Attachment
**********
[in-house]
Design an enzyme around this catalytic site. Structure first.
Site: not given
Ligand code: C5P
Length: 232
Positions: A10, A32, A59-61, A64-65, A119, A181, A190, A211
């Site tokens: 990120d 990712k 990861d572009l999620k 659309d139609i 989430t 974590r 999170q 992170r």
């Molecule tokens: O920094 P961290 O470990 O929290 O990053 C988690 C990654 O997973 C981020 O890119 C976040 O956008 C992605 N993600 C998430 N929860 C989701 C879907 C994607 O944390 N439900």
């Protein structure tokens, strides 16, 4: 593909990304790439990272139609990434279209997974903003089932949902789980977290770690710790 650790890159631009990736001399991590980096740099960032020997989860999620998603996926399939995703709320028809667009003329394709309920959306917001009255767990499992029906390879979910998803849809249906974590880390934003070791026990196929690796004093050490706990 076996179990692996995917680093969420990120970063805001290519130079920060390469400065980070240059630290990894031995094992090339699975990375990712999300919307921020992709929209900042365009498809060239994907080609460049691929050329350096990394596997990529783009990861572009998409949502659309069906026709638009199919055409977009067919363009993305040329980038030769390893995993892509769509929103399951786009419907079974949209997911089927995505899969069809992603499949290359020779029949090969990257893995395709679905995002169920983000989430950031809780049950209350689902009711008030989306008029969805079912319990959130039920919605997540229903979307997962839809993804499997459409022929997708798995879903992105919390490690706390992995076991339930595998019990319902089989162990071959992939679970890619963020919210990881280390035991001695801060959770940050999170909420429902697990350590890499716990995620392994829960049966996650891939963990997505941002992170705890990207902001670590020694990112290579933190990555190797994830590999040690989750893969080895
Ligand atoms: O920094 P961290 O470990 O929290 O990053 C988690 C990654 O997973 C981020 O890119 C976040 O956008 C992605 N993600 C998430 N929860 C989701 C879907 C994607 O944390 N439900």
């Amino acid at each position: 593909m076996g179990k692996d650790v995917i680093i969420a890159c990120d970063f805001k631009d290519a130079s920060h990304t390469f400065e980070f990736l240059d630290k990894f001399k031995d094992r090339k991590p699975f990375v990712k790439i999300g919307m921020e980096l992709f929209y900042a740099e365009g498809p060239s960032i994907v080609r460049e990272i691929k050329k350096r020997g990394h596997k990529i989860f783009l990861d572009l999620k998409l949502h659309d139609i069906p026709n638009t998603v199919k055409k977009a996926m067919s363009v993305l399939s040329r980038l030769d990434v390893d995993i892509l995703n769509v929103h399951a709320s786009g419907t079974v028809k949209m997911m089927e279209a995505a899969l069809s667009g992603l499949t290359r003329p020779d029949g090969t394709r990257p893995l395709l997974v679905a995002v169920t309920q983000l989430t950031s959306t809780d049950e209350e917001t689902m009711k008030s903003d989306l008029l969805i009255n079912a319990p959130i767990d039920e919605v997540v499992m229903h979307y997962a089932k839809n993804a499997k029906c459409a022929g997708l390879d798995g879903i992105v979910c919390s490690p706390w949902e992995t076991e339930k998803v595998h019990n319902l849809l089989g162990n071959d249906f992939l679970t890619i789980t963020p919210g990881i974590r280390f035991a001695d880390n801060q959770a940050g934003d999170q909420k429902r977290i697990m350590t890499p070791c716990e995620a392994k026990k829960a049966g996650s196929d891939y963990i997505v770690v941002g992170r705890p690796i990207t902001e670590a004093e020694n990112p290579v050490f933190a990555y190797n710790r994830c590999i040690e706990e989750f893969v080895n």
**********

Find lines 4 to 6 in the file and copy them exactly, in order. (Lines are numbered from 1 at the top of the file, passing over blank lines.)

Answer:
Ligand code: C5P
Length: 232
Positions: A10, A32, A59-61, A64-65, A119, A181, A190, A211